By Thomas Mangham, Deputy Country Director for Samaritan’s Purse in Honduras.
The Garífuna is a minority group of African and native descent that is settled across coastal areas of Central America, as well as a number of Caribbean islands. The Garífuna have a very strong sense of ethnic identity, which they preserve through their own language, art, and lifestyle.
However, they are also severely marginalized by the societies in which they live. There are about 45,000 Garífuna in Honduras, concentrated in small communities along the north coast. These communities are situated amid tremendous natural beauty, but the living conditions are primitive with no electricity or basic sanitation in many areas. Educational and employment opportunities are severely limited , and their land is under constant threat of being taken over and developed for tourism by the wealthy and powerful.
Over the past eight years, Samaritan’s Purse has been working with the Garífuna to address important community health issues and to provide opportunities for employment through micro-enterprise development.
We have also worked with the American Bible Society and local churches to make the Bible available on wind-up cassette players in the Garifuna language, since many community members can’t read and don’t speak Spanish well.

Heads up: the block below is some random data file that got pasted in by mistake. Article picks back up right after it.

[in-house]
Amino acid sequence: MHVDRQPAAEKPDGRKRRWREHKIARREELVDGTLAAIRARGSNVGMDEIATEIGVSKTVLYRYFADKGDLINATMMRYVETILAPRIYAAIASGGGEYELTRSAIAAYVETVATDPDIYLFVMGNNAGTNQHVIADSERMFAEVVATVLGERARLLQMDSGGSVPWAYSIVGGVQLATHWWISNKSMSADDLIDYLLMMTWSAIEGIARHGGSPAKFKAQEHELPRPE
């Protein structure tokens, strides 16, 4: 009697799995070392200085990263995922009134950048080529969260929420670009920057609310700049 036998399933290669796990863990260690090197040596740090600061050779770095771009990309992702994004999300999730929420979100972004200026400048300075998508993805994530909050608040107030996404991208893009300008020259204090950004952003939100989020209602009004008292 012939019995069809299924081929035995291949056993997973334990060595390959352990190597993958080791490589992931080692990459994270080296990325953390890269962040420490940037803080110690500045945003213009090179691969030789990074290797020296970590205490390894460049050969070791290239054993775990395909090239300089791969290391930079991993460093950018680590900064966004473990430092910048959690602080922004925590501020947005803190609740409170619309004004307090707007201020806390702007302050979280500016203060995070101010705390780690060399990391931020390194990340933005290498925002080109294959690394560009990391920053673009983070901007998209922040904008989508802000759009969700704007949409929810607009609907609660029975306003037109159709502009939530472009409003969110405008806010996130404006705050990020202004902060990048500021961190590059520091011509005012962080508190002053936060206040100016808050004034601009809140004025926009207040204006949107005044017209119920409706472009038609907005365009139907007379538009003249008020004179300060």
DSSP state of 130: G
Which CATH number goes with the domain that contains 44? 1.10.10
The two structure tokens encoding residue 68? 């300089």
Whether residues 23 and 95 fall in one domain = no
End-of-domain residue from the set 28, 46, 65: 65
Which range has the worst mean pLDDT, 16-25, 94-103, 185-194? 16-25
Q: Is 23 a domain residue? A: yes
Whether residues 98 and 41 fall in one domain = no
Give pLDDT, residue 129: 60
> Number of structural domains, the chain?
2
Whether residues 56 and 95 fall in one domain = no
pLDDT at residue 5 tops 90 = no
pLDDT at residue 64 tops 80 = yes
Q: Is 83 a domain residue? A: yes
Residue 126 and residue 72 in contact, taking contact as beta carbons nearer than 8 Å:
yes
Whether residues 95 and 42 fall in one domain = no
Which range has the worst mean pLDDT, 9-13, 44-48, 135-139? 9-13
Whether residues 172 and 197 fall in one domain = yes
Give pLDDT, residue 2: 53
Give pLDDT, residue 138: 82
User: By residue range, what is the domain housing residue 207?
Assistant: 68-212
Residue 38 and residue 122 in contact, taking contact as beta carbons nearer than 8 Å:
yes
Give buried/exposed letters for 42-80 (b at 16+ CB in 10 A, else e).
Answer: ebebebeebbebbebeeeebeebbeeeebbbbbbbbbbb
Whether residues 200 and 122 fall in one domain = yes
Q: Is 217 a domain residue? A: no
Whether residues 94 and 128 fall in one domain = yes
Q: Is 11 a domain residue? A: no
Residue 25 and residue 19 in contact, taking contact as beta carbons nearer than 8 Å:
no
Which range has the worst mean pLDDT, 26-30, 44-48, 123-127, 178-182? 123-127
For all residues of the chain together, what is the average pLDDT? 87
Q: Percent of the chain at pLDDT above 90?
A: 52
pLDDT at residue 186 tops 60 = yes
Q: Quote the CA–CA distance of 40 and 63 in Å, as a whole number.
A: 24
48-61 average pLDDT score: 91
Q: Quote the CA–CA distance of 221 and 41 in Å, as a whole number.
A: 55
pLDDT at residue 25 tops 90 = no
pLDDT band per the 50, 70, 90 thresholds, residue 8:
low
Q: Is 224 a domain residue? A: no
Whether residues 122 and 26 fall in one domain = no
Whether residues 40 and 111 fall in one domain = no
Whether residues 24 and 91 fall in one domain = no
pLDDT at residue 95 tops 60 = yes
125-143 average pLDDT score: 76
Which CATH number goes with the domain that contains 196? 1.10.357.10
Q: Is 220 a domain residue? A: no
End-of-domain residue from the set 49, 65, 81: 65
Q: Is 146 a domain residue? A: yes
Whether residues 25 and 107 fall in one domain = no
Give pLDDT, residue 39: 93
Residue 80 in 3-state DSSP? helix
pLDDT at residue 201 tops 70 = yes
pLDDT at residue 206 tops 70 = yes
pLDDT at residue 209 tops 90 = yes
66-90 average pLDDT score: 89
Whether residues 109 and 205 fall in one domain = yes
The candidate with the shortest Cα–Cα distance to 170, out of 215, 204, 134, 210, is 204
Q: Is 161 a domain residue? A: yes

Samaritan’s Purse recently began working with one community to start a fishing cooperative, benefiting 21 families. There was a great sense of excitement among all the beneficiaries as the first of the two fishing boats was delivered.
They had spent the previous weeks preparing shelters for the boats and organizing roles and responsibilities for each member of the cooperative. Our staff then worked with them to haul the 25-foot boat several hundred yards to the ocean, using palm branches to help lessen the friction.
After they had a chance to test the boat on the open water and bring it to the shelter they had made, everyone wore a huge smile as they realized that this asset will provide significant help for the community.
The time ended with a prayer from Reyes, a local pastor, who is also the coordinator of the cooperative. He gave thanks to God for His gracious provision and for all those whose generosity made this work possible.